Do I Take or Not Take the Six-Pack I Brought to the Party?
When you come to a party in the modern era, you are expected to bring a gift for the host. Traditionally when alcohol is expected to be consumed by the host and guests, it is customary for guests to bring a six-pack of beer or a bottle of wine. But what is the appropriate social etiquette when the six-pack you brought is unopened at the end of the night? Is it acceptable to take the beer home or is that the height of rudeness?
This question came back into the spotlight recently when a woman from England stabbed a guest at her party who tried to take home the drinks that he brought to the party. On March 15, 2015, Samantha Houlgrave of Blackburn, Lancashire was convicted of inflicting grave bodily injury for stabbing her guest with a nine-inch blade causing damage to the man’s internal organs. She was sentenced to 10 years in prison and three years on conditional release.
We can all agree that Ms. Houlgrave overreacted to her guest taking the drinks home, but was she wrong to be upset altogether? In 1993, William Greaves, a writer and news reporter, tried to develop a code of conduct that would establish proper drinking etiquette. In the Daily Telegraph, he published “Greaves’ Rules” which were a set of etiquette guidelines on how one is supposed to act in an English pub. Unfortunately, these rules do not apply to house parties.
We can try to look at the myriad of etiquette books in existence on the market to answer this question, but, as the term “myriad” implies, there are dozens of these books. So which one to follow? Maybe we should look at what the law says to help us see how we should handle this situation.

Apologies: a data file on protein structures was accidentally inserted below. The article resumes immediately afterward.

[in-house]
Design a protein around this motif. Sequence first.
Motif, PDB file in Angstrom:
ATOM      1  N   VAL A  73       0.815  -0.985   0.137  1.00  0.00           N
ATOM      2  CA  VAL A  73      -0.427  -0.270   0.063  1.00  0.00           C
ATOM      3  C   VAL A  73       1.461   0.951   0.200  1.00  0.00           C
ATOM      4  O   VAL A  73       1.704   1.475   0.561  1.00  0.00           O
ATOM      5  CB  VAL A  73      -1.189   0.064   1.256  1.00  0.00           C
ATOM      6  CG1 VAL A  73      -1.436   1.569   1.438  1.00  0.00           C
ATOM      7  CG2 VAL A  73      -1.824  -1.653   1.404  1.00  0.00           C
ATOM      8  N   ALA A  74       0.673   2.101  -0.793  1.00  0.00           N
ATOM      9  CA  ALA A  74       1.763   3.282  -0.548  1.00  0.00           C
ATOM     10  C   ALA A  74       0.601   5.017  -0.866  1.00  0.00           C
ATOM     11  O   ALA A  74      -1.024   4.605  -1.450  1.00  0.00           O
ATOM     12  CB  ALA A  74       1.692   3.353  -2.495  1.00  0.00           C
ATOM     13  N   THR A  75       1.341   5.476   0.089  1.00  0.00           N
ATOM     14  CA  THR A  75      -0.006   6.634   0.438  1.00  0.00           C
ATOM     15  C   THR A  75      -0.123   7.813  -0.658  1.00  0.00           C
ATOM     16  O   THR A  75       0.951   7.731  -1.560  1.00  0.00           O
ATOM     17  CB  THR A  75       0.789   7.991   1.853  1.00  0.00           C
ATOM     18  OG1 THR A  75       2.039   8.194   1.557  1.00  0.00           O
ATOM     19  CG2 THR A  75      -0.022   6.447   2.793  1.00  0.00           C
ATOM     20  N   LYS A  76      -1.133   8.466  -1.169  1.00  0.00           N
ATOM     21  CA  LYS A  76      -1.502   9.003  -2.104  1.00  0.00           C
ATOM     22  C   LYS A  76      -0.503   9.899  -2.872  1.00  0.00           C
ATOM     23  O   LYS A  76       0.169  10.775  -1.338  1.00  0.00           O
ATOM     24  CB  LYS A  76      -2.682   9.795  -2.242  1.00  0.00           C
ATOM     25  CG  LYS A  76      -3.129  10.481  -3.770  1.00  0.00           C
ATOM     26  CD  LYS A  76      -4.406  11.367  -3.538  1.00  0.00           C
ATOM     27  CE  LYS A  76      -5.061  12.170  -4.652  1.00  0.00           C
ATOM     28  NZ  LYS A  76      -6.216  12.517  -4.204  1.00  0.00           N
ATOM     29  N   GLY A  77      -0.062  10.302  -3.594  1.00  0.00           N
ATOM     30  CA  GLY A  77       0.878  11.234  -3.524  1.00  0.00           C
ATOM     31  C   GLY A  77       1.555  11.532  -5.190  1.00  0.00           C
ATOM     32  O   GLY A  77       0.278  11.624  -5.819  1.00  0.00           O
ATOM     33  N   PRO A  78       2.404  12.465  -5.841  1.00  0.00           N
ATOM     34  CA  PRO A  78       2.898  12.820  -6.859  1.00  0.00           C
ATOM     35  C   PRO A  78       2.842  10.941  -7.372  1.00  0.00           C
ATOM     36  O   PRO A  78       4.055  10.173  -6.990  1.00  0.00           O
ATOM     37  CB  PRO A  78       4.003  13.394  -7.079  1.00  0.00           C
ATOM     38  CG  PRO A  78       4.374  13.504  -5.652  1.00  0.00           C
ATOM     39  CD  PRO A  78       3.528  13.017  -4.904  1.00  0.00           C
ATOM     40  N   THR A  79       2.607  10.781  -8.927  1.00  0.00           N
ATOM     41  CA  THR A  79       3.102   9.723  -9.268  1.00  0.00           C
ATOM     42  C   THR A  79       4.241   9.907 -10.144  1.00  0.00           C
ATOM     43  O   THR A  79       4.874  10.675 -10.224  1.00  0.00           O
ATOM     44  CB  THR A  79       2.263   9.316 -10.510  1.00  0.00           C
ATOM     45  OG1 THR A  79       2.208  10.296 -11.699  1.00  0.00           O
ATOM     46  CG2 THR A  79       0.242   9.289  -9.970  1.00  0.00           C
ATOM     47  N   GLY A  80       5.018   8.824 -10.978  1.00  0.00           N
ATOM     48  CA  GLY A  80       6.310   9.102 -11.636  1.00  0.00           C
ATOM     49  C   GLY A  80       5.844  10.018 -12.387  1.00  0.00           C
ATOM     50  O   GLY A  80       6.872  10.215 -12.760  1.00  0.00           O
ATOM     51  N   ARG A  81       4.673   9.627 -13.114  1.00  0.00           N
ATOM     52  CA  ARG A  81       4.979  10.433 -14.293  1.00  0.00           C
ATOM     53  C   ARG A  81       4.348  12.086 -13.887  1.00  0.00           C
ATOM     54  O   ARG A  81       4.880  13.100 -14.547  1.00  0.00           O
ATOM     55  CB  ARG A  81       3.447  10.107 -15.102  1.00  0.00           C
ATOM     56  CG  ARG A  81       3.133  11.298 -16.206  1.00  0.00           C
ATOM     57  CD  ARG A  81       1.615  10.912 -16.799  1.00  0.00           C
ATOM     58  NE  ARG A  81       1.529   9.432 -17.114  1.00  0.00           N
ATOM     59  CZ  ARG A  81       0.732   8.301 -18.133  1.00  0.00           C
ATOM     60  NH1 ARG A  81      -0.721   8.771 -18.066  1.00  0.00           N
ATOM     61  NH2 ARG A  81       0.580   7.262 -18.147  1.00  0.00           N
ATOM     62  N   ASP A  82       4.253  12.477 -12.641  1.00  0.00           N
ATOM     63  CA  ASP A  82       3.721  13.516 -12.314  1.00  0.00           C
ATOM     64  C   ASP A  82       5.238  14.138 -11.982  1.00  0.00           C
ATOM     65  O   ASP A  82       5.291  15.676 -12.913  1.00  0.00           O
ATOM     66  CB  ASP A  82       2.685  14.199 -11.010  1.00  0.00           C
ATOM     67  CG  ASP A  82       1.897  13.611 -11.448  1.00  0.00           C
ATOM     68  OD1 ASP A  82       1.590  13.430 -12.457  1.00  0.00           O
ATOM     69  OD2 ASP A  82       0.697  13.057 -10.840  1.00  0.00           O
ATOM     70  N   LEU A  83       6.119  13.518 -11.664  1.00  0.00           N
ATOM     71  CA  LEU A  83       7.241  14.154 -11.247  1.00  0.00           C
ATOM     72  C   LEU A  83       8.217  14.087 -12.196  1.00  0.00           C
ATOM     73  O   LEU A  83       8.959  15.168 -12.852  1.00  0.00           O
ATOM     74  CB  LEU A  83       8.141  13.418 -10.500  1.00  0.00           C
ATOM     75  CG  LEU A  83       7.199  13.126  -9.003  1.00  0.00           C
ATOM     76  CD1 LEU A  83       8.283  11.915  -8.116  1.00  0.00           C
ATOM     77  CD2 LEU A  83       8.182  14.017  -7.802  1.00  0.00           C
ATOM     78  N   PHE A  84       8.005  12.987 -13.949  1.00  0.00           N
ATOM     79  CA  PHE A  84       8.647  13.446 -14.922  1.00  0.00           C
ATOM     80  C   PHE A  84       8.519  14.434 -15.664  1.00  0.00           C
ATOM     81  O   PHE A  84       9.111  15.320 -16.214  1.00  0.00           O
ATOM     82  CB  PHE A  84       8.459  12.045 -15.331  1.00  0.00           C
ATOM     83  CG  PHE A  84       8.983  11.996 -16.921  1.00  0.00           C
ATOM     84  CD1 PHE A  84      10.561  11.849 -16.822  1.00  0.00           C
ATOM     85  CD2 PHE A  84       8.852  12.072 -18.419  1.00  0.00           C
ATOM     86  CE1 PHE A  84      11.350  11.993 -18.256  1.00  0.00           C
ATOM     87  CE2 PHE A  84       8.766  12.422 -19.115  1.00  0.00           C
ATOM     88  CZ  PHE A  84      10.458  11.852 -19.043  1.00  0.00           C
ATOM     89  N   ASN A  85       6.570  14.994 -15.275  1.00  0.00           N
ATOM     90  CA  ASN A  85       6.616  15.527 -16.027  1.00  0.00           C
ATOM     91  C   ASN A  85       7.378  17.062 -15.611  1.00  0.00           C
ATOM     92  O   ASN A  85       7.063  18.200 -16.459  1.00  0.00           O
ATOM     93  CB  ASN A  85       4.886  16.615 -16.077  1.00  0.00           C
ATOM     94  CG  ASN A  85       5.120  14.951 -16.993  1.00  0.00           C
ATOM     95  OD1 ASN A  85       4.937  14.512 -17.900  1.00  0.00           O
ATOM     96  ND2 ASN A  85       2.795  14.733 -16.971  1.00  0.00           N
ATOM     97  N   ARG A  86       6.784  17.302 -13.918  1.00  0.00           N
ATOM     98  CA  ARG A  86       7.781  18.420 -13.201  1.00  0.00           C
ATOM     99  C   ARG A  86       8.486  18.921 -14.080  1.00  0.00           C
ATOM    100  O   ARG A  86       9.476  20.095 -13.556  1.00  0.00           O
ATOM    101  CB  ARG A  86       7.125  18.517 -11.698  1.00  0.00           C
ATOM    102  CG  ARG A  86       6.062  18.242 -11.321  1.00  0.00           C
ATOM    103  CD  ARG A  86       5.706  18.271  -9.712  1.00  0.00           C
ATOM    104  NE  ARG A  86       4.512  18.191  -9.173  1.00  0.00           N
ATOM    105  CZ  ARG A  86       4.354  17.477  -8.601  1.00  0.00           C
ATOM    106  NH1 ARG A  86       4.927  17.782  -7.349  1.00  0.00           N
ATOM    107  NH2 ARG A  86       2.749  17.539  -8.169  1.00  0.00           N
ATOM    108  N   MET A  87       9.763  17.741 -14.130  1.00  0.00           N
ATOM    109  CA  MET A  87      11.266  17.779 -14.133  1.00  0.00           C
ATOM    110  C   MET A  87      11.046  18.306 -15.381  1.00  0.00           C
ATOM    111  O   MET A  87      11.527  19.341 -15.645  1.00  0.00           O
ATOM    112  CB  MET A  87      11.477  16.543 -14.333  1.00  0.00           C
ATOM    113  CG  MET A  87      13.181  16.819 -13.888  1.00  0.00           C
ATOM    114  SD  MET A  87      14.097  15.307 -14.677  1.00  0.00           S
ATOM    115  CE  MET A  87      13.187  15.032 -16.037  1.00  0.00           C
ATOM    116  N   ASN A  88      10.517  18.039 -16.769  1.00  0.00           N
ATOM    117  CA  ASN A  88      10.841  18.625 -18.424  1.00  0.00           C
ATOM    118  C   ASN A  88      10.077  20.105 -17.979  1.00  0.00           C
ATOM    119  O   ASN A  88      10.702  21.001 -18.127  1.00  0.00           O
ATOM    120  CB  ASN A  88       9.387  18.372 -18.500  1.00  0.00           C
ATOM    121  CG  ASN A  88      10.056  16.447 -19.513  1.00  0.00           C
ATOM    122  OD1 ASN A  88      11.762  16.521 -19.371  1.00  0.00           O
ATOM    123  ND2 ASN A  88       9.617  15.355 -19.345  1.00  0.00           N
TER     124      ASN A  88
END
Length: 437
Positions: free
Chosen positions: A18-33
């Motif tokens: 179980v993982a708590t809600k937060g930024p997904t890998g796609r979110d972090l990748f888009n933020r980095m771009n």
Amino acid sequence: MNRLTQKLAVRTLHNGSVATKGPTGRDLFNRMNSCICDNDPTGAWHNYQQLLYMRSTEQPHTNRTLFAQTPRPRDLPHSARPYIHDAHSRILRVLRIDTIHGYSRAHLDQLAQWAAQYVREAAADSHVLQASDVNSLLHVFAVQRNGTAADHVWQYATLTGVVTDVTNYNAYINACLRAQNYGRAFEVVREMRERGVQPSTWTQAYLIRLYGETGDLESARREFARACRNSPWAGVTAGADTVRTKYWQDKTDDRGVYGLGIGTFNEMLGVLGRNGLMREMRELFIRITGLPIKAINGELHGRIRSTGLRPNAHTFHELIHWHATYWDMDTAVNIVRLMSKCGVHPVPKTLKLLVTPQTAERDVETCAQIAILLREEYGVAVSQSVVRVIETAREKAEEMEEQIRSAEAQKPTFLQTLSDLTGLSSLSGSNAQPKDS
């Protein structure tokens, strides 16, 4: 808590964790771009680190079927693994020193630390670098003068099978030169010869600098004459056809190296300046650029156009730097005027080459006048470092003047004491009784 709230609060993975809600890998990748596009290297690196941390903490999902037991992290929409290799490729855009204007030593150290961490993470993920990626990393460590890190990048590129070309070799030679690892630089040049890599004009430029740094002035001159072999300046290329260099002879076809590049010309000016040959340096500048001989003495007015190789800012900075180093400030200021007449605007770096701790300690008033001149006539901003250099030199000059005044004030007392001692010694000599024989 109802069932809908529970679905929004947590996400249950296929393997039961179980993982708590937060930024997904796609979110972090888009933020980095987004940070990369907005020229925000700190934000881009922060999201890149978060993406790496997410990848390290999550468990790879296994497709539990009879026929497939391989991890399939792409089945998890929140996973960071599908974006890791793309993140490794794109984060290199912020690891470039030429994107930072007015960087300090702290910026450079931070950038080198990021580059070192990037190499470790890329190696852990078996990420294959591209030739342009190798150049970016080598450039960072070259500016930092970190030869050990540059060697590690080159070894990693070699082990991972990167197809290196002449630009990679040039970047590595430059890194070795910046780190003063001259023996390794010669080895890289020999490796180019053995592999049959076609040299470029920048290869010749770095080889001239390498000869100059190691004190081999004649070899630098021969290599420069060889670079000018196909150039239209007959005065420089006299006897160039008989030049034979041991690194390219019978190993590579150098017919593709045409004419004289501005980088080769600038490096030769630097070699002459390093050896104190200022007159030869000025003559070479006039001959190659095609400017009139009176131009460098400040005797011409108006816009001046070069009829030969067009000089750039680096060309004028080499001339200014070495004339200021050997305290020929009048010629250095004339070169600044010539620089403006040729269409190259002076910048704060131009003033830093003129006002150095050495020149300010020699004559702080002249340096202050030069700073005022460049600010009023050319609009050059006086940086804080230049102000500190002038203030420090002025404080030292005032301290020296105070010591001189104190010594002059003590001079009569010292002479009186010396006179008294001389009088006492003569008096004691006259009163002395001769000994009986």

According to Black’s Law Dictionary, a gift is “a voluntary transfer of property to another made gratuitously and without consideration.” Consideration means a thing of legal value. According to the law, a contract requires that you give something to the other person. The thing given is called consideration. Consideration can be a thing worth millions of dollars such as real estate or a thing of no monetary value such as a promise to stop drinking alcohol. A gift therefore, is some property that a person gives without expecting anything back.
The law also helps us understand when a gift has been given. There are four ways in which a person proves in court that a gift was given. The first is that the person must be legally able to make the gift. If the gift-giver (known as a “donor” in the law) is a minor or has been determined to be insane or otherwise mentally incapable, then s/he cannot give a gift because that person does not have the legal capacity to do so. Another rule is that the person must mean or have the intent to give the gift. The final two rules are that the donor must actually deliver the property to the person s/he is giving it to and the person who is getting the property must accept it.
The last rule to review while considering this question is that once the gift is transferred to the person receiving it (known as a “donee”), then that person owns it over everyone else in the world. In other words, once a gift has been transferred to the donee, then the gift-giver has no right to take it back.
If we look only at the law, then the question of whether it is appropriate to take back that unopened six-pack of beer is simple. In this example, the person giving the beer has the capacity since they were able to buy the alcohol in the first place. Whether the beer-giver has the intent and has made the delivery is clear once s/he has given the beer to the host. And when the host accepts the beer and puts it in a cooler or her/his kitchen or wherever, the gift is irrevocably given.
Yet the law may help inform how to handle this social situation, but does not completely decide the issue. At my mother’s house, guests come expecting that she will try to unload food on you after the meal. Often this means that when wine or beer is brought and unopened, then the person who brought it is expected to bring it back home. That’s just the way my mother handles it, but I doubt that she is the only one who acts like that. Sometimes social rules are not governed by strict adherence to the law.
Should a bringer of a six-pack of beer assume that they will not get it back or should they expect to take home any unopened bottles? What do you think?